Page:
Cooperation between Constitutive and Inducible Chemokines Enables T Cell Engraftment and Immune Attack in Solid Tumors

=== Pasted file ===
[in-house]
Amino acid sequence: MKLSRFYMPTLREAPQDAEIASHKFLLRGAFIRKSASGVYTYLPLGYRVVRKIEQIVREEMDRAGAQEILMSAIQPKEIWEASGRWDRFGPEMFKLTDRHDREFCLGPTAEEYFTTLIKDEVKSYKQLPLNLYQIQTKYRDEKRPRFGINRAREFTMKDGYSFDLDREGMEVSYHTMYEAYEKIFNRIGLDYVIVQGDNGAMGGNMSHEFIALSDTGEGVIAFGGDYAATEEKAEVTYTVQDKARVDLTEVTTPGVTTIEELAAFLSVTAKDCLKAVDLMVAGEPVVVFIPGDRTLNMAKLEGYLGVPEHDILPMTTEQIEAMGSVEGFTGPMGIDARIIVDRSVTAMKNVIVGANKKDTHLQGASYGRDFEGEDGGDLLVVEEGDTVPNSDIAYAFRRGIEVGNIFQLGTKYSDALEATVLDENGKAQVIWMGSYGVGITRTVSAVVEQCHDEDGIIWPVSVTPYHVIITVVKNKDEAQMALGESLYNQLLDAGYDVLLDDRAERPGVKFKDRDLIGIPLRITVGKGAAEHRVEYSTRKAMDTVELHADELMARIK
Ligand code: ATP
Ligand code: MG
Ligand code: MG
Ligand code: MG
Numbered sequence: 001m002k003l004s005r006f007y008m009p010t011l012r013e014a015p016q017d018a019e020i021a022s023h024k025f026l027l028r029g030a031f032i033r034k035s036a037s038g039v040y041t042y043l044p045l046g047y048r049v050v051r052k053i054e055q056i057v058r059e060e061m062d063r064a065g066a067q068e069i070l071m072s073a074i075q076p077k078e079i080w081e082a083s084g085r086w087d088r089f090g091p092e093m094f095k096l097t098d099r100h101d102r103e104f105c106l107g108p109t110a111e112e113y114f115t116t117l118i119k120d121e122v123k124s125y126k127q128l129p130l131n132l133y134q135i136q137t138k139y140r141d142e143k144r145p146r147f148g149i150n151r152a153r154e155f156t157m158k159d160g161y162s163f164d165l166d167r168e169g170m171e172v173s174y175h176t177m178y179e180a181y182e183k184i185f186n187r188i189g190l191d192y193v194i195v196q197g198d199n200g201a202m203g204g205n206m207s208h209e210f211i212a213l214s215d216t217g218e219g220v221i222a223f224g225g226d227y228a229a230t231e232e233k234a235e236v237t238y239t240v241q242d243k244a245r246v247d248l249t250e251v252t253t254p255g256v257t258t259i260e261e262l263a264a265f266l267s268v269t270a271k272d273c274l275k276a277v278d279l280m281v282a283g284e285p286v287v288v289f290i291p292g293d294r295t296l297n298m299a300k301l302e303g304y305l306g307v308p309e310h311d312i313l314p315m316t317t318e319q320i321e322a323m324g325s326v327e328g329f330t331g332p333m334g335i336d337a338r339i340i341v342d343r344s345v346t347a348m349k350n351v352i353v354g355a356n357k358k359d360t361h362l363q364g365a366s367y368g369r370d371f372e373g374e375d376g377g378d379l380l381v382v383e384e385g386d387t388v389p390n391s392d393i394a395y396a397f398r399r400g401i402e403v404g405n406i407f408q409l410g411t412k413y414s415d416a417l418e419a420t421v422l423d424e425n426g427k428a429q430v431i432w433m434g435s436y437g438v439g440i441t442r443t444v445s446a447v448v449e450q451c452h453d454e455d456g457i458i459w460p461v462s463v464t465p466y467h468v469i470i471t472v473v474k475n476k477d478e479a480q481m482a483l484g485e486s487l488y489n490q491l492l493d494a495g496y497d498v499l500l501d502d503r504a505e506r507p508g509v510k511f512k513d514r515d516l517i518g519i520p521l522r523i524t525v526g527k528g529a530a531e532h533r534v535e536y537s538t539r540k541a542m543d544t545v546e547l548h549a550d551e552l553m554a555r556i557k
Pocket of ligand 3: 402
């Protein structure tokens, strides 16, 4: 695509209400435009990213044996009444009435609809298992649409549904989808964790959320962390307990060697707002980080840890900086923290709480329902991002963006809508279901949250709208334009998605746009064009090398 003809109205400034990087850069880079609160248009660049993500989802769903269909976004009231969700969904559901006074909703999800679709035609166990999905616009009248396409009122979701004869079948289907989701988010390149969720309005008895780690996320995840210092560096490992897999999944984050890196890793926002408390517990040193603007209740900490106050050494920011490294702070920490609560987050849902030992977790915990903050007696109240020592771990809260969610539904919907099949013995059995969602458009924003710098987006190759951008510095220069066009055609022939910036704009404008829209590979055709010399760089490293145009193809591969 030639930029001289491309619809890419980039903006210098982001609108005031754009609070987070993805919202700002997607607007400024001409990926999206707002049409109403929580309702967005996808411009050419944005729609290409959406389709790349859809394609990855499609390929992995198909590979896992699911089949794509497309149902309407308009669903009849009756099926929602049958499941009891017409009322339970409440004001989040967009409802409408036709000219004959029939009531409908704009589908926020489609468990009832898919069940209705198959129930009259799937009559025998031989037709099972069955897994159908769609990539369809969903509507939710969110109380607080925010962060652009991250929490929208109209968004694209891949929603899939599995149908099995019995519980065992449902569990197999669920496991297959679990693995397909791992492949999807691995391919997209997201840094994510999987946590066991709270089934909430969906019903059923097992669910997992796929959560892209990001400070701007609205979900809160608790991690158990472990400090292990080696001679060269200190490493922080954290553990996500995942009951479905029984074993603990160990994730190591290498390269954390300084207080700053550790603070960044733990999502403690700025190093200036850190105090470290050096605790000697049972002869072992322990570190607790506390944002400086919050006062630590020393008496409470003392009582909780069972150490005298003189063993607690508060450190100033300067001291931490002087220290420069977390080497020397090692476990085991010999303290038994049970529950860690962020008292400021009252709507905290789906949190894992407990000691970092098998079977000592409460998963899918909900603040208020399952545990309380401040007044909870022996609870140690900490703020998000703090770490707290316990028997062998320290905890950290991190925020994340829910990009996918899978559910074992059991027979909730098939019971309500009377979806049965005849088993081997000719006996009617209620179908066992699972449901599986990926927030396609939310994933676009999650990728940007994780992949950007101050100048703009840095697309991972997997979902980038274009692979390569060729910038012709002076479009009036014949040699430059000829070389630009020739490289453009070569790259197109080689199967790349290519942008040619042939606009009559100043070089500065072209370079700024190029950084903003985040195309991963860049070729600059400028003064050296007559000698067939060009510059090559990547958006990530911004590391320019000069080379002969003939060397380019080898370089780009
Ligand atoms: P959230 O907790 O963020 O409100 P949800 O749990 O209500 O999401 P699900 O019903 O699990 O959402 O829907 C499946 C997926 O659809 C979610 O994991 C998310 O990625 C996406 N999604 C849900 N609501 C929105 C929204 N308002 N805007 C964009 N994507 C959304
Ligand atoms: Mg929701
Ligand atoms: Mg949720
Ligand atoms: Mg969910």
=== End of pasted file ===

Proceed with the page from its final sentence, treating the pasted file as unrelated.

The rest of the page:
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© 2019 Elsevier Inc. We investigated the role of chemokines in regulating T cell accumulation in solid tumors. CCL5 and CXCL9 overexpression was associated with CD8+ T cell infiltration in solid tumors. T cell infiltration required tumor cell-derived CCL5 and was amplified by IFN-γ-inducible, myeloid cell-secreted CXCL9. CCL5 and CXCL9 coexpression revealed immunoreactive tumors with prolonged survival and response to checkpoint blockade. Loss of CCL5 expression in human tumors was associated with epigenetic silencing through DNA methylation. Reduction of CCL5 expression caused tumor-infiltrating lymphocyte (TIL) desertification, whereas forced CCL5 expression prevented Cxcl9 expression and TILs loss, and attenuated tumor growth in mice through IFN-γ. The cooperation between tumor-derived CCL5 and IFN-γ-inducible CXCR3 ligands secreted by myeloid cells is key for orchestrating T cell infiltration in immunoreactive and immunoresponsive tumors. Dangaj et al. show that tumor cell-expressed CCL5 and macrophage- and DC-expressed CXCL9 are important for the infiltration of T cells into tumors, a process that also requires recognition of tumor antigens by T cells. CCL5 is often epigenetically silenced in tumor cells but can be reactivated by Decitabine.